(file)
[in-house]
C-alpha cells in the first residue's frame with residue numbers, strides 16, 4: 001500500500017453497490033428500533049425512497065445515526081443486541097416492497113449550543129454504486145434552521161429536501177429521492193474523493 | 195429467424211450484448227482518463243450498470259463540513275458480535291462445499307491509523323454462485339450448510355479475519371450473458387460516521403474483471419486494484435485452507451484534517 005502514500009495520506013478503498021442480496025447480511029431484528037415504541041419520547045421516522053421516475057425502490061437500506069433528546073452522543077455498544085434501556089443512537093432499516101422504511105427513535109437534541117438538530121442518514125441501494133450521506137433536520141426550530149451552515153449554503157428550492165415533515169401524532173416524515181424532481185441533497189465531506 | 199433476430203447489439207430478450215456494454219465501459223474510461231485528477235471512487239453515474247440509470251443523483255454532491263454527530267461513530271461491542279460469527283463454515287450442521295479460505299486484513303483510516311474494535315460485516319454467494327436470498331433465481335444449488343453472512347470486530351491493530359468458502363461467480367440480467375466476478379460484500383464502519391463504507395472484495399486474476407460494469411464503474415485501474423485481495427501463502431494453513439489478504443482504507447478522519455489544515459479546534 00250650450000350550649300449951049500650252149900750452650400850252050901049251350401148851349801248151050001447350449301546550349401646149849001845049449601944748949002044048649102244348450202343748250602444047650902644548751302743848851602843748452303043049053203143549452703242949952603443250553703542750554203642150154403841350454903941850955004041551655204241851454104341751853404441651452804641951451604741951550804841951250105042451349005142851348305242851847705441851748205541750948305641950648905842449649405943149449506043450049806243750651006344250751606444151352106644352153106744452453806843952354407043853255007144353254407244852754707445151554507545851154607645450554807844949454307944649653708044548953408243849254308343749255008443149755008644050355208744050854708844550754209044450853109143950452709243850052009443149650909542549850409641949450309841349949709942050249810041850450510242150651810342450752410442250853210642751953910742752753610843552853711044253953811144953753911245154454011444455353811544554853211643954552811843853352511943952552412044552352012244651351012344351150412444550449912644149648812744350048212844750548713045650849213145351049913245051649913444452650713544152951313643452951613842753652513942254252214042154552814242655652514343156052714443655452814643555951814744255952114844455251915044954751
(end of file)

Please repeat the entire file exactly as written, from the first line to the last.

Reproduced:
[in-house]
C-alpha cells in the first residue's frame with residue numbers, strides 16, 4: 001500500500017453497490033428500533049425512497065445515526081443486541097416492497113449550543129454504486145434552521161429536501177429521492193474523493 | 195429467424211450484448227482518463243450498470259463540513275458480535291462445499307491509523323454462485339450448510355479475519371450473458387460516521403474483471419486494484435485452507451484534517 005502514500009495520506013478503498021442480496025447480511029431484528037415504541041419520547045421516522053421516475057425502490061437500506069433528546073452522543077455498544085434501556089443512537093432499516101422504511105427513535109437534541117438538530121442518514125441501494133450521506137433536520141426550530149451552515153449554503157428550492165415533515169401524532173416524515181424532481185441533497189465531506 | 199433476430203447489439207430478450215456494454219465501459223474510461231485528477235471512487239453515474247440509470251443523483255454532491263454527530267461513530271461491542279460469527283463454515287450442521295479460505299486484513303483510516311474494535315460485516319454467494327436470498331433465481335444449488343453472512347470486530351491493530359468458502363461467480367440480467375466476478379460484500383464502519391463504507395472484495399486474476407460494469411464503474415485501474423485481495427501463502431494453513439489478504443482504507447478522519455489544515459479546534 00250650450000350550649300449951049500650252149900750452650400850252050901049251350401148851349801248151050001447350449301546550349401646149849001845049449601944748949002044048649102244348450202343748250602444047650902644548751302743848851602843748452303043049053203143549452703242949952603443250553703542750554203642150154403841350454903941850955004041551655204241851454104341751853404441651452804641951451604741951550804841951250105042451349005142851348305242851847705441851748205541750948305641950648905842449649405943149449506043450049806243750651006344250751606444151352106644352153106744452453806843952354407043853255007144353254407244852754707445151554507545851154607645450554807844949454307944649653708044548953408243849254308343749255008443149755008644050355208744050854708844550754209044450853109143950452709243850052009443149650909542549850409641949450309841349949709942050249810041850450510242150651810342450752410442250853210642751953910742752753610843552853711044253953811144953753911245154454011444455353811544554853211643954552811843853352511943952552412044552352012244651351012344351150412444550449912644149648812744350048212844750548713045650849213145351049913245051649913444452650713544152951313643452951613842753652513942254252214042154552814242655652514343156052714443655452814643555951814744255952114844455251915044954751